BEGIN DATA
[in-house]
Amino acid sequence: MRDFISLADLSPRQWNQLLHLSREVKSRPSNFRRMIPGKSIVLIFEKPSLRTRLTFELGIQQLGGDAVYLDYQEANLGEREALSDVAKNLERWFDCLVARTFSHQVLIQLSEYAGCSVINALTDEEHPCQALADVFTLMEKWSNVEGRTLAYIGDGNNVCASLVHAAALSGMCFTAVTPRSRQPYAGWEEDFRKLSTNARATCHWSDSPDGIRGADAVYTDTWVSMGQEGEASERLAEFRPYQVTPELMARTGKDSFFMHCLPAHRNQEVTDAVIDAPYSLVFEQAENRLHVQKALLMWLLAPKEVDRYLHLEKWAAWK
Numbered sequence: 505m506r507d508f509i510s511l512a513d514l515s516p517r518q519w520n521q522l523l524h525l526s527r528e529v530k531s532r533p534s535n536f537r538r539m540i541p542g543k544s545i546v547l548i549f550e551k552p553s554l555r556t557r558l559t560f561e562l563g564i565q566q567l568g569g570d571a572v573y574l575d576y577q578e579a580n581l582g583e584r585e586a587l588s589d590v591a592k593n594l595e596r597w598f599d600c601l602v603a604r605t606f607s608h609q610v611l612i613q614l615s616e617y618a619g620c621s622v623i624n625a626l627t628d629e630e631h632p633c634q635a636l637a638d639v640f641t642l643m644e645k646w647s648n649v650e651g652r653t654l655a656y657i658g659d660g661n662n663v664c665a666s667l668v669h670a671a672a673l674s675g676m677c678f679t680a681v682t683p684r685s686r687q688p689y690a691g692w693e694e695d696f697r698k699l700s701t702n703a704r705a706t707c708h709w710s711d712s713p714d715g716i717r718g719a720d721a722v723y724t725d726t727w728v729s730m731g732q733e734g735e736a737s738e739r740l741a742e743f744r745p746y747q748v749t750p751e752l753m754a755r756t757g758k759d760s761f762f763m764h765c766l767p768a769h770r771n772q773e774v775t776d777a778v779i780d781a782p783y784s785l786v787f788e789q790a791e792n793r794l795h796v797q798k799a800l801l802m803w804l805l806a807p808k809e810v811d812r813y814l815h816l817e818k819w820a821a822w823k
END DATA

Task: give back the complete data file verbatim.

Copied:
[in-house]
Amino acid sequence: MRDFISLADLSPRQWNQLLHLSREVKSRPSNFRRMIPGKSIVLIFEKPSLRTRLTFELGIQQLGGDAVYLDYQEANLGEREALSDVAKNLERWFDCLVARTFSHQVLIQLSEYAGCSVINALTDEEHPCQALADVFTLMEKWSNVEGRTLAYIGDGNNVCASLVHAAALSGMCFTAVTPRSRQPYAGWEEDFRKLSTNARATCHWSDSPDGIRGADAVYTDTWVSMGQEGEASERLAEFRPYQVTPELMARTGKDSFFMHCLPAHRNQEVTDAVIDAPYSLVFEQAENRLHVQKALLMWLLAPKEVDRYLHLEKWAAWK
Numbered sequence: 505m506r507d508f509i510s511l512a513d514l515s516p517r518q519w520n521q522l523l524h525l526s527r528e529v530k531s532r533p534s535n536f537r538r539m540i541p542g543k544s545i546v547l548i549f550e551k552p553s554l555r556t557r558l559t560f561e562l563g564i565q566q567l568g569g570d571a572v573y574l575d576y577q578e579a580n581l582g583e584r585e586a587l588s589d590v591a592k593n594l595e596r597w598f599d600c601l602v603a604r605t606f607s608h609q610v611l612i613q614l615s616e617y618a619g620c621s622v623i624n625a626l627t628d629e630e631h632p633c634q635a636l637a638d639v640f641t642l643m644e645k646w647s648n649v650e651g652r653t654l655a656y657i658g659d660g661n662n663v664c665a666s667l668v669h670a671a672a673l674s675g676m677c678f679t680a681v682t683p684r685s686r687q688p689y690a691g692w693e694e695d696f697r698k699l700s701t702n703a704r705a706t707c708h709w710s711d712s713p714d715g716i717r718g719a720d721a722v723y724t725d726t727w728v729s730m731g732q733e734g735e736a737s738e739r740l741a742e743f744r745p746y747q748v749t750p751e752l753m754a755r756t757g758k759d760s761f762f763m764h765c766l767p768a769h770r771n772q773e774v775t776d777a778v779i780d781a782p783y784s785l786v787f788e789q790a791e792n793r794l795h796v797q798k799a800l801l802m803w804l805l806a807p808k809e810v811d812r813y814l815h816l817e818k819w820a821a822w823k